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Archaeologists discover a wooden snake from 2400 BC in Finland

Indo-European Corded Ware Culture wooden snake in Finland from 2400 BC

A delicately carved wooden snake figurine was discovered in Finland in a horizontal position in peat overlying gyttja at a depth of approximately 0.6 m. Here the peat consists of a distinct bed of moderately decomposed sedge (Carex) and reed (Phragmites), indicating lush water meadow vegetation at the time of deposition. The figurine was lying on its right side, either having been lost, discarded or intentionally deposited amidst the thick lakeshore vegetation[1].

The figurine is 0.53 m long and 25–30 mm thick and it has been carved from a single piece of wood, its surface being completely worked with no ornamentation. The neck is narrowed and the slender body is formed by two carved bends continuing to the tapering tail. The flat angular head is portrayed in a slightly raised position with an open mouth. The figurine is very naturalistic and resembles a grass snake (Natrix natrix) or a European adder (Vipera berus) in the act of slithering or swimming away. The direct radiocarbon date of the artefact yielded a Late Neolithic date of 3908±32 BP (Ua-67655: 2471 BC – 2291 BC at 95.4%.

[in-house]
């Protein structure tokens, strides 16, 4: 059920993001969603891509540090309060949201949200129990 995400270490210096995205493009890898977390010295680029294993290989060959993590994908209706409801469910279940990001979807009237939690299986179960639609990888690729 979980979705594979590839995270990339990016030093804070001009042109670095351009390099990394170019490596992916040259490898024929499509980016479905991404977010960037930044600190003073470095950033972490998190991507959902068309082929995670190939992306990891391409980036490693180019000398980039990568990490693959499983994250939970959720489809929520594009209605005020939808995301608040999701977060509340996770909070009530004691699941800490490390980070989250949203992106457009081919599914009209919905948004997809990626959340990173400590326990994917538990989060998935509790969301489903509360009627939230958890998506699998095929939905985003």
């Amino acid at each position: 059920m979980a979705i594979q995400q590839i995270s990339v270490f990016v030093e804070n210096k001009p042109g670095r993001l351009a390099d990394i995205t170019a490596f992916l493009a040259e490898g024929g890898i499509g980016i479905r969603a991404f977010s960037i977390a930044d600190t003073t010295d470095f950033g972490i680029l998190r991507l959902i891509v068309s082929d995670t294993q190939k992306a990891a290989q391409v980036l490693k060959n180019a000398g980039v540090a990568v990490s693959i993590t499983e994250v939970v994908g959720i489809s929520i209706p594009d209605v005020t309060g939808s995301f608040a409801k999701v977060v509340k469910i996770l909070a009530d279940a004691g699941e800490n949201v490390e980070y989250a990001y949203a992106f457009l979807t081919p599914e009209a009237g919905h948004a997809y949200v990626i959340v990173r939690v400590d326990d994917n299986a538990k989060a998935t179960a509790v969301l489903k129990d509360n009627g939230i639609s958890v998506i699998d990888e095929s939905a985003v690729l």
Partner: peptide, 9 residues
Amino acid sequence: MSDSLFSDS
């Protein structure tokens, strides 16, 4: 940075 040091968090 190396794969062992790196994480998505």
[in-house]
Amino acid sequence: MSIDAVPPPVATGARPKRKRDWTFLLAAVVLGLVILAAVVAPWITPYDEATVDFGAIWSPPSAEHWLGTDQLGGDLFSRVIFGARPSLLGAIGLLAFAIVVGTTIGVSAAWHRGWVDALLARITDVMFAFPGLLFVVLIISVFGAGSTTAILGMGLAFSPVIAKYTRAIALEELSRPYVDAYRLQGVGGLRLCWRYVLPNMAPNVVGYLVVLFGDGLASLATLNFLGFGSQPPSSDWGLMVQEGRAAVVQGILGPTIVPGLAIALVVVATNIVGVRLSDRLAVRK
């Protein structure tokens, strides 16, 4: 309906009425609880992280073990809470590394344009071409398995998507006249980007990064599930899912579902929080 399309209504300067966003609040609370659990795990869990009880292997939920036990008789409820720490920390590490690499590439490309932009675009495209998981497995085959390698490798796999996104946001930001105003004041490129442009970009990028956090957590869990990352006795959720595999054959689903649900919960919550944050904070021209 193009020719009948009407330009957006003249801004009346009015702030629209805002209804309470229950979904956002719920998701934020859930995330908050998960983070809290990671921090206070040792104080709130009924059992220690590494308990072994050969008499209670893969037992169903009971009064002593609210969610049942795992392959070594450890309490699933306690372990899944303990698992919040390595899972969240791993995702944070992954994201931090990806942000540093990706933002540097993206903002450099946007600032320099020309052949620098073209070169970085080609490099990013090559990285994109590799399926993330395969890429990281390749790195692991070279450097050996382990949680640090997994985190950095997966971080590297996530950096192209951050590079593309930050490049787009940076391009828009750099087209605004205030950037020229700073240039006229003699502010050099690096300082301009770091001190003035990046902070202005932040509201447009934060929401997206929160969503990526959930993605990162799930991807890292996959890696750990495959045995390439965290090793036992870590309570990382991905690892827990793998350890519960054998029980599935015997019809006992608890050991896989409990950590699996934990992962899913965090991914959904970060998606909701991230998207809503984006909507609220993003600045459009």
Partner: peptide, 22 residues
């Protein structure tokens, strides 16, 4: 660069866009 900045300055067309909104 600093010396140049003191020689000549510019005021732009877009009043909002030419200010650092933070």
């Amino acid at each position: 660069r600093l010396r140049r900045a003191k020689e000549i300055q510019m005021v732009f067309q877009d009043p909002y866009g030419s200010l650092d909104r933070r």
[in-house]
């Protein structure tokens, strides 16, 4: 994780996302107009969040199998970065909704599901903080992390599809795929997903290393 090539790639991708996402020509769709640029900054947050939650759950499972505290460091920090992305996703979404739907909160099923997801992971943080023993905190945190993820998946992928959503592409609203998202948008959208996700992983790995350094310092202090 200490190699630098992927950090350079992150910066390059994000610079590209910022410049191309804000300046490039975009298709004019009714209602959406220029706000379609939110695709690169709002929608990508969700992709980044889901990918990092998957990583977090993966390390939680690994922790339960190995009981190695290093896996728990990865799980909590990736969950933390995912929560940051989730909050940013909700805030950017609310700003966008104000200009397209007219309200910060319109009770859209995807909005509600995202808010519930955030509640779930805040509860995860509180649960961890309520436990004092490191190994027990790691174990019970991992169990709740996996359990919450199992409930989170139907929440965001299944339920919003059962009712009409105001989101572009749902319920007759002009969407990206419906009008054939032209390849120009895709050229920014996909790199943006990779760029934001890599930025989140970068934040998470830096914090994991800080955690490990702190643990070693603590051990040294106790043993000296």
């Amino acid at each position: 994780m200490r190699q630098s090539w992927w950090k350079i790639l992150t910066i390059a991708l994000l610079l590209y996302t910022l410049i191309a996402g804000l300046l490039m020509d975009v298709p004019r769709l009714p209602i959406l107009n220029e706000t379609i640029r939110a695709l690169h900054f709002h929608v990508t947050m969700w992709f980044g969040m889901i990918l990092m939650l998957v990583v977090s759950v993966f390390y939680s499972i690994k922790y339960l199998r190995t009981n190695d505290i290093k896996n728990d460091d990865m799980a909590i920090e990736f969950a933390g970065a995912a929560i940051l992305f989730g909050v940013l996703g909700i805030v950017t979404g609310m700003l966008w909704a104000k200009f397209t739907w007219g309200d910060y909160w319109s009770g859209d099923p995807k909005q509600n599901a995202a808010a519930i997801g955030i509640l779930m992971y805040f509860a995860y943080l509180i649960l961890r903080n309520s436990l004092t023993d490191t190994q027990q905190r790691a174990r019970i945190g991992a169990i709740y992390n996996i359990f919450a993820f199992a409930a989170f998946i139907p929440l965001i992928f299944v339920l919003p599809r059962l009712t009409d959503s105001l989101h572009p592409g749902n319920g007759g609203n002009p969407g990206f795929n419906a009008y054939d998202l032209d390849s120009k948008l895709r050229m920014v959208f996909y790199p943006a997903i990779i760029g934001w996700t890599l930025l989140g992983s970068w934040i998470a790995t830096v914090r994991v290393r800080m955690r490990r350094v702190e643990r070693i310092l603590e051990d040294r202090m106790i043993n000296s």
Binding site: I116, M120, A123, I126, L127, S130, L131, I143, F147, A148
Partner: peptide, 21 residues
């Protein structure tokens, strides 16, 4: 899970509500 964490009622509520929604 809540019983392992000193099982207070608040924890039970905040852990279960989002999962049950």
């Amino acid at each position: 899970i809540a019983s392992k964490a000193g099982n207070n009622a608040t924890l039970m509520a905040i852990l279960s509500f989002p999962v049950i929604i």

Corded Ware Culture connection

The fact that two ancient Latvian Hunter-Gatherer Y chromosomes have been characterized as belonging to the R1b-M269 clade suggests that both subclades of R1 were present in the Baltic area before the expansion of the Corded Ware Culture (CWC). All four of the Estonian CWC individuals could be assigned to the R1a-Z645 subclade of hg R1a-M417, which, together with N, is one of the most common Y chromosome hgs in present-day Estonians (33%). Importantly, this R1a lineage is only distantly related to the R1a5 lineage that we found in the CCC sample.

The finding of high frequency of R1a-M417 in Estonian CWC samples is consistent with the observations made for other Corded Ware and Sintashta Culture sites while the remains associated with the Yamnaya Culture, which is considered to be ancestral to CWC, have been found with predominantly R1b-Z2105 and no R1a lineages. The fact that all four of the CWC male individuals from two distinct sites in Estonia belonged to this recently expanded R1a branch, different from the one carried by CCC, suggests that admixture between CWC farmers and CCC Hunter-Gatherers may have been limited at least in the male lineages during the early stages of farming in Estonia.


Created on the 30th of June 2021


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